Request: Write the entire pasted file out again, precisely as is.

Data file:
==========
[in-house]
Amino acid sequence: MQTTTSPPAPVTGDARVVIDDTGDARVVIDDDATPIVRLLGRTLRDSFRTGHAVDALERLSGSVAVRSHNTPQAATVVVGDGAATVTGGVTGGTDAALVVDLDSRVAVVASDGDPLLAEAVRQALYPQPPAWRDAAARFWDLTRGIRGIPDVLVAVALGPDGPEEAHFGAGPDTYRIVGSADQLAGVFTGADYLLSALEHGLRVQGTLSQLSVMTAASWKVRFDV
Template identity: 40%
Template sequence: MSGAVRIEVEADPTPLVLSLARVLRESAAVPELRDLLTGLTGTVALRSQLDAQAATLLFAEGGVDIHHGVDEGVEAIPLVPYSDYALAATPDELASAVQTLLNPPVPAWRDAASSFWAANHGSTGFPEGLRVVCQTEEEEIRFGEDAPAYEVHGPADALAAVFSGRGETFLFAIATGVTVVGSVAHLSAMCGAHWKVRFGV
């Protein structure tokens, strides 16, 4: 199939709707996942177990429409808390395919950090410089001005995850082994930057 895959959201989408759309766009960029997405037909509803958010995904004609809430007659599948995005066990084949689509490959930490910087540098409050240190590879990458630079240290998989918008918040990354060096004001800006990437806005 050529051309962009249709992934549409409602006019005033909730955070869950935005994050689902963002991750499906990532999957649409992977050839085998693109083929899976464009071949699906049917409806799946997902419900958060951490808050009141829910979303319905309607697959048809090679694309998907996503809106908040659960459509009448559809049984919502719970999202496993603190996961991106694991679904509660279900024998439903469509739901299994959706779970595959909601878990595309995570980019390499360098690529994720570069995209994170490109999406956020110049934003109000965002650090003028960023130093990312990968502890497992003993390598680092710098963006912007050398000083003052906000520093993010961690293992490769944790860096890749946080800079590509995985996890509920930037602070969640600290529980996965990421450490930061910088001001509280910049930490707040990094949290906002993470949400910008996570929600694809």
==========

[in-house]
Amino acid sequence: MQTTTSPPAPVTGDARVVIDDTGDARVVIDDDATPIVRLLGRTLRDSFRTGHAVDALERLSGSVAVRSHNTPQAATVVVGDGAATVTGGVTGGTDAALVVDLDSRVAVVASDGDPLLAEAVRQALYPQPPAWRDAAARFWDLTRGIRGIPDVLVAVALGPDGPEEAHFGAGPDTYRIVGSADQLAGVFTGADYLLSALEHGLRVQGTLSQLSVMTAASWKVRFDV
Template identity: 40%
Template sequence: MSGAVRIEVEADPTPLVLSLARVLRESAAVPELRDLLTGLTGTVALRSQLDAQAATLLFAEGGVDIHHGVDEGVEAIPLVPYSDYALAATPDELASAVQTLLNPPVPAWRDAASSFWAANHGSTGFPEGLRVVCQTEEEEIRFGEDAPAYEVHGPADALAAVFSGRGETFLFAIATGVTVVGSVAHLSAMCGAHWKVRFGV
């Protein structure tokens, strides 16, 4: 199939709707996942177990429409808390395919950090410089001005995850082994930057 895959959201989408759309766009960029997405037909509803958010995904004609809430007659599948995005066990084949689509490959930490910087540098409050240190590879990458630079240290998989918008918040990354060096004001800006990437806005 050529051309962009249709992934549409409602006019005033909730955070869950935005994050689902963002991750499906990532999957649409992977050839085998693109083929899976464009071949699906049917409806799946997902419900958060951490808050009141829910979303319905309607697959048809090679694309998907996503809106908040659960459509009448559809049984919502719970999202496993603190996961991106694991679904509660279900024998439903469509739901299994959706779970595959909601878990595309995570980019390499360098690529994720570069995209994170490109999406956020110049934003109000965002650090003028960023130093990312990968502890497992003993390598680092710098963006912007050398000083003052906000520093993010961690293992490769944790860096890749946080800079590509995985996890509920930037602070969640600290529980996965990421450490930061910088001001509280910049930490707040990094949290906002993470949400910008996570929600694809």